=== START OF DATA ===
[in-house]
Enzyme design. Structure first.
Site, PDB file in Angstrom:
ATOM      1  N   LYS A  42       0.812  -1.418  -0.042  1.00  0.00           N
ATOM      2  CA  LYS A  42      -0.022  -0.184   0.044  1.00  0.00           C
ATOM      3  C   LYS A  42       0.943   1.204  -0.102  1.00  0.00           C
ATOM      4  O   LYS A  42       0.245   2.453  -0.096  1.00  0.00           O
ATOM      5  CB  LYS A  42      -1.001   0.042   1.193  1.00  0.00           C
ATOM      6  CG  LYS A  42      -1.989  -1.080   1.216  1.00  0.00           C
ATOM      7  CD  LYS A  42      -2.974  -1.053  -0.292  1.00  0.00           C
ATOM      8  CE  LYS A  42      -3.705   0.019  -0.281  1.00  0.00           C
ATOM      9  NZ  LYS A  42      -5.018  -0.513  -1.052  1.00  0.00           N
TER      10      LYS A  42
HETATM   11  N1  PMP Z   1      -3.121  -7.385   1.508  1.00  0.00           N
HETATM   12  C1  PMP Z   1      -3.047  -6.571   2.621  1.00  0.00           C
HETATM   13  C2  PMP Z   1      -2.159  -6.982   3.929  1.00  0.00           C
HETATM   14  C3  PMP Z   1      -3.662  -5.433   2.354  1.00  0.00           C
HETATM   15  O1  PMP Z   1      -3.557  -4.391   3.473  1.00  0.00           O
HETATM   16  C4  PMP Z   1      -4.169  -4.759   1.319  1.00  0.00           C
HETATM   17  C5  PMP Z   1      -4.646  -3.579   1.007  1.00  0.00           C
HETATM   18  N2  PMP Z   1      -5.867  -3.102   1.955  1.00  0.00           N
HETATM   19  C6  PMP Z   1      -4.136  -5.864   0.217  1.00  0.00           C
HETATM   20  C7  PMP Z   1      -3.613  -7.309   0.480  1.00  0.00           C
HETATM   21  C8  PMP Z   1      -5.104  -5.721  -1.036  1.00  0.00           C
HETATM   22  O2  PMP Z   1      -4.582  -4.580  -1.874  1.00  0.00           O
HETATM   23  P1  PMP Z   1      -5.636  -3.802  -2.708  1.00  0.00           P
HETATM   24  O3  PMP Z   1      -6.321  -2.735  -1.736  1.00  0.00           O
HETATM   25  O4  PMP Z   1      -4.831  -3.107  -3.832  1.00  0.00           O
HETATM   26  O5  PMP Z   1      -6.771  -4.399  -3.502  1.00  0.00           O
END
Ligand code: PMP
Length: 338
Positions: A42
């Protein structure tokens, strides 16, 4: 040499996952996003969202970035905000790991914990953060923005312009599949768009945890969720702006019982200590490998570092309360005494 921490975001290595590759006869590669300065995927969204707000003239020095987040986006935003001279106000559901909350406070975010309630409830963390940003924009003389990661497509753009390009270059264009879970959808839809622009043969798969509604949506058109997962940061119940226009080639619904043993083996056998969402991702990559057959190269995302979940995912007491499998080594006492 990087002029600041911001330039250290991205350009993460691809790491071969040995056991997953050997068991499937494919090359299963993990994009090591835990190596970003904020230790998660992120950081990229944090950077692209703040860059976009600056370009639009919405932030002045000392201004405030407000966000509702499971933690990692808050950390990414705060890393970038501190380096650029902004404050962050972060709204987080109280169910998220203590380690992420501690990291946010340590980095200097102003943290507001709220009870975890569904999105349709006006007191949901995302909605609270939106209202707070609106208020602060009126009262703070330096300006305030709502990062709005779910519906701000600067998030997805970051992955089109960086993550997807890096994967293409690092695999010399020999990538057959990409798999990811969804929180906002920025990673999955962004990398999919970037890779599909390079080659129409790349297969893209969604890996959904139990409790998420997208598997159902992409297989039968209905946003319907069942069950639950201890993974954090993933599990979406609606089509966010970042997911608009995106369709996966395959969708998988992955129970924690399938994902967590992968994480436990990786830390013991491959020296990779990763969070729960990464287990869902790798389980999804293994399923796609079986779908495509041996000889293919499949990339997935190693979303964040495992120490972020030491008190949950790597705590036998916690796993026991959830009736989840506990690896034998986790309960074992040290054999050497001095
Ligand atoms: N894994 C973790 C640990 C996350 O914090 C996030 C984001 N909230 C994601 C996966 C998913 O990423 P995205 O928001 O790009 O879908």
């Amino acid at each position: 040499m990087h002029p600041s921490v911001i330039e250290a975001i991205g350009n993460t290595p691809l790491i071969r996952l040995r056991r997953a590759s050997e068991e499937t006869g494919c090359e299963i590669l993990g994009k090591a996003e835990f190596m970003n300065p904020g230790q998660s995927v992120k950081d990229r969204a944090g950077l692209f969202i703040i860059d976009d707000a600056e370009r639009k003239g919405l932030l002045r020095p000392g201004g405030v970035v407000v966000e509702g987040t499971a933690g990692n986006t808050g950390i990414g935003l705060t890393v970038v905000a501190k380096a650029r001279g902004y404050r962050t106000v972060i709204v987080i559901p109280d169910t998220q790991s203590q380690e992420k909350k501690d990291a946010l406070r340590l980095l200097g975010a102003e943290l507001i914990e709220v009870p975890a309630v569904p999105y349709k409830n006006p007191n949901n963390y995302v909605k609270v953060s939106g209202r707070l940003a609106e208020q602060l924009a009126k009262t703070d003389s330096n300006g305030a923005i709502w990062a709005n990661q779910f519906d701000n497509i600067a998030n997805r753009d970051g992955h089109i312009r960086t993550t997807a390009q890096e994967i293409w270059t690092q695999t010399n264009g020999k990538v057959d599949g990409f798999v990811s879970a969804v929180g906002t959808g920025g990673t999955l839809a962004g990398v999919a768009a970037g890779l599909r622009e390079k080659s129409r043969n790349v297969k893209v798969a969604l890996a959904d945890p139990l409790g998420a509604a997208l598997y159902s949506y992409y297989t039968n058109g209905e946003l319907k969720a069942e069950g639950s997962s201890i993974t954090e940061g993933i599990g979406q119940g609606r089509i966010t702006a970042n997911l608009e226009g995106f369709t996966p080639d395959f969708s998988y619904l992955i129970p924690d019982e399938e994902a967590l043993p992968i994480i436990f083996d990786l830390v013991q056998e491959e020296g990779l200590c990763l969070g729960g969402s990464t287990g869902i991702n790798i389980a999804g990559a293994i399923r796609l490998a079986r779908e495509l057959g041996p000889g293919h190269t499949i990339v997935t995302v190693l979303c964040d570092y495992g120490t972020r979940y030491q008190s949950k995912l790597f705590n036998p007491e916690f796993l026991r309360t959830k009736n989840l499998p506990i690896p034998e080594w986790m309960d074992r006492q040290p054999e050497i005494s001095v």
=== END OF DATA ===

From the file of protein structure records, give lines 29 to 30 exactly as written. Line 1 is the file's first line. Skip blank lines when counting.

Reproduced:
HETATM   26  O5  PMP Z   1      -6.771  -4.399  -3.502  1.00  0.00           O
END